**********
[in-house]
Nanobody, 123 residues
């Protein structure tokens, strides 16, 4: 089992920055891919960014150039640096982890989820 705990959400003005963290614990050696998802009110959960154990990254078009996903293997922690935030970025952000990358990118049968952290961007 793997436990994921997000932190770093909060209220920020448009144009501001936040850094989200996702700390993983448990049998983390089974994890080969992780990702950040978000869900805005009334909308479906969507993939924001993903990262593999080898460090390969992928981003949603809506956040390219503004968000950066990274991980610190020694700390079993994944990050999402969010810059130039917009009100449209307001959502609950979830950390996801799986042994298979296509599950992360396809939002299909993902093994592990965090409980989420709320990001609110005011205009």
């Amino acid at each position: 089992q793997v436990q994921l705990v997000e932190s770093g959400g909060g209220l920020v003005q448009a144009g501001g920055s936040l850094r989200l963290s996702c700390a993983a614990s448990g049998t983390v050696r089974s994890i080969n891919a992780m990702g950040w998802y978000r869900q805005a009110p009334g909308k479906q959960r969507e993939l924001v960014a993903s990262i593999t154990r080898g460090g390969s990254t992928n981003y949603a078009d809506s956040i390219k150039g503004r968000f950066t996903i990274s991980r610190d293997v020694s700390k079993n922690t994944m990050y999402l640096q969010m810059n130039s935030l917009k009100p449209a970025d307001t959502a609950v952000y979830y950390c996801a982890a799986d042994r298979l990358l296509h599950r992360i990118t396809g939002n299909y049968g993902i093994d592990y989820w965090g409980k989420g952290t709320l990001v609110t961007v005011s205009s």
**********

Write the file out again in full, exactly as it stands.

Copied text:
[in-house]
Nanobody, 123 residues
């Protein structure tokens, strides 16, 4: 089992920055891919960014150039640096982890989820 705990959400003005963290614990050696998802009110959960154990990254078009996903293997922690935030970025952000990358990118049968952290961007 793997436990994921997000932190770093909060209220920020448009144009501001936040850094989200996702700390993983448990049998983390089974994890080969992780990702950040978000869900805005009334909308479906969507993939924001993903990262593999080898460090390969992928981003949603809506956040390219503004968000950066990274991980610190020694700390079993994944990050999402969010810059130039917009009100449209307001959502609950979830950390996801799986042994298979296509599950992360396809939002299909993902093994592990965090409980989420709320990001609110005011205009």
């Amino acid at each position: 089992q793997v436990q994921l705990v997000e932190s770093g959400g909060g209220l920020v003005q448009a144009g501001g920055s936040l850094r989200l963290s996702c700390a993983a614990s448990g049998t983390v050696r089974s994890i080969n891919a992780m990702g950040w998802y978000r869900q805005a009110p009334g909308k479906q959960r969507e993939l924001v960014a993903s990262i593999t154990r080898g460090g390969s990254t992928n981003y949603a078009d809506s956040i390219k150039g503004r968000f950066t996903i990274s991980r610190d293997v020694s700390k079993n922690t994944m990050y999402l640096q969010m810059n130039s935030l917009k009100p449209a970025d307001t959502a609950v952000y979830y950390c996801a982890a799986d042994r298979l990358l296509h599950r992360i990118t396809g939002n299909y049968g993902i093994d592990y989820w965090g409980k989420g952290t709320l990001v609110t961007v005011s205009s």